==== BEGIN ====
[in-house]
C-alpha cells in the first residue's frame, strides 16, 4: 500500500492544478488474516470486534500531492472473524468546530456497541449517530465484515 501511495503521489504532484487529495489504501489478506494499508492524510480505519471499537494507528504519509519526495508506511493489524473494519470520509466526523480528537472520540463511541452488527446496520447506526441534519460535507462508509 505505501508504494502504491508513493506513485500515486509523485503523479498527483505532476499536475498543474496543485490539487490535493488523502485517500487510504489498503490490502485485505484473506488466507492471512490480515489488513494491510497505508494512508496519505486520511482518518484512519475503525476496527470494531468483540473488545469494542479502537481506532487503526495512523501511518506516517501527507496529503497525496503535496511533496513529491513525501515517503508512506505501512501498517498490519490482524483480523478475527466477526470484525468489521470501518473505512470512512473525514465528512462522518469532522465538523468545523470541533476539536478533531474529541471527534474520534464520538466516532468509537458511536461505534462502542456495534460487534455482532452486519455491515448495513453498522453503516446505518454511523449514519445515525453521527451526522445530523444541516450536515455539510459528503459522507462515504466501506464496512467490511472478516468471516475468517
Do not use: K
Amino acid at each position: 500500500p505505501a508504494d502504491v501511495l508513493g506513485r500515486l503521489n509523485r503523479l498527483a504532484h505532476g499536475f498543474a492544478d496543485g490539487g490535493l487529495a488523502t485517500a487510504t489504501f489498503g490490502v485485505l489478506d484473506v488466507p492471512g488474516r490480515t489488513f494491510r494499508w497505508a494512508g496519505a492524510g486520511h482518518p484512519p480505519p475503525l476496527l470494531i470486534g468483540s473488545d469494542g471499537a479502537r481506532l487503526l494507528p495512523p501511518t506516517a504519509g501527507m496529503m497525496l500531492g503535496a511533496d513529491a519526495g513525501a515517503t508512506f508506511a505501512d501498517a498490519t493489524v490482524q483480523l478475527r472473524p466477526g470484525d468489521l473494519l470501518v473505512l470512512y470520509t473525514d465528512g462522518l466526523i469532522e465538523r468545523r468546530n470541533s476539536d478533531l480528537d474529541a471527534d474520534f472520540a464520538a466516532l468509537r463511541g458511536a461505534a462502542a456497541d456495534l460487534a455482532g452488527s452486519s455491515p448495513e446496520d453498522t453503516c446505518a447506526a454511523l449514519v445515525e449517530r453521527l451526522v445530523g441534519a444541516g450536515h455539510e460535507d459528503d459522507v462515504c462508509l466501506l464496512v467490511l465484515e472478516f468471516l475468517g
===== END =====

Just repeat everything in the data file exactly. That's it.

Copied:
[in-house]
C-alpha cells in the first residue's frame, strides 16, 4: 500500500492544478488474516470486534500531492472473524468546530456497541449517530465484515 501511495503521489504532484487529495489504501489478506494499508492524510480505519471499537494507528504519509519526495508506511493489524473494519470520509466526523480528537472520540463511541452488527446496520447506526441534519460535507462508509 505505501508504494502504491508513493506513485500515486509523485503523479498527483505532476499536475498543474496543485490539487490535493488523502485517500487510504489498503490490502485485505484473506488466507492471512490480515489488513494491510497505508494512508496519505486520511482518518484512519475503525476496527470494531468483540473488545469494542479502537481506532487503526495512523501511518506516517501527507496529503497525496503535496511533496513529491513525501515517503508512506505501512501498517498490519490482524483480523478475527466477526470484525468489521470501518473505512470512512473525514465528512462522518469532522465538523468545523470541533476539536478533531474529541471527534474520534464520538466516532468509537458511536461505534462502542456495534460487534455482532452486519455491515448495513453498522453503516446505518454511523449514519445515525453521527451526522445530523444541516450536515455539510459528503459522507462515504466501506464496512467490511472478516468471516475468517
Do not use: K
Amino acid at each position: 500500500p505505501a508504494d502504491v501511495l508513493g506513485r500515486l503521489n509523485r503523479l498527483a504532484h505532476g499536475f498543474a492544478d496543485g490539487g490535493l487529495a488523502t485517500a487510504t489504501f489498503g490490502v485485505l489478506d484473506v488466507p492471512g488474516r490480515t489488513f494491510r494499508w497505508a494512508g496519505a492524510g486520511h482518518p484512519p480505519p475503525l476496527l470494531i470486534g468483540s473488545d469494542g471499537a479502537r481506532l487503526l494507528p495512523p501511518t506516517a504519509g501527507m496529503m497525496l500531492g503535496a511533496d513529491a519526495g513525501a515517503t508512506f508506511a505501512d501498517a498490519t493489524v490482524q483480523l478475527r472473524p466477526g470484525d468489521l473494519l470501518v473505512l470512512y470520509t473525514d465528512g462522518l466526523i469532522e465538523r468545523r468546530n470541533s476539536d478533531l480528537d474529541a471527534d474520534f472520540a464520538a466516532l468509537r463511541g458511536a461505534a462502542a456497541d456495534l460487534a455482532g452488527s452486519s455491515p448495513e446496520d453498522t453503516c446505518a447506526a454511523l449514519v445515525e449517530r453521527l451526522v445530523g441534519a444541516g450536515h455539510e460535507d459528503d459522507v462515504c462508509l466501506l464496512v467490511l465484515e472478516f468471516l475468517g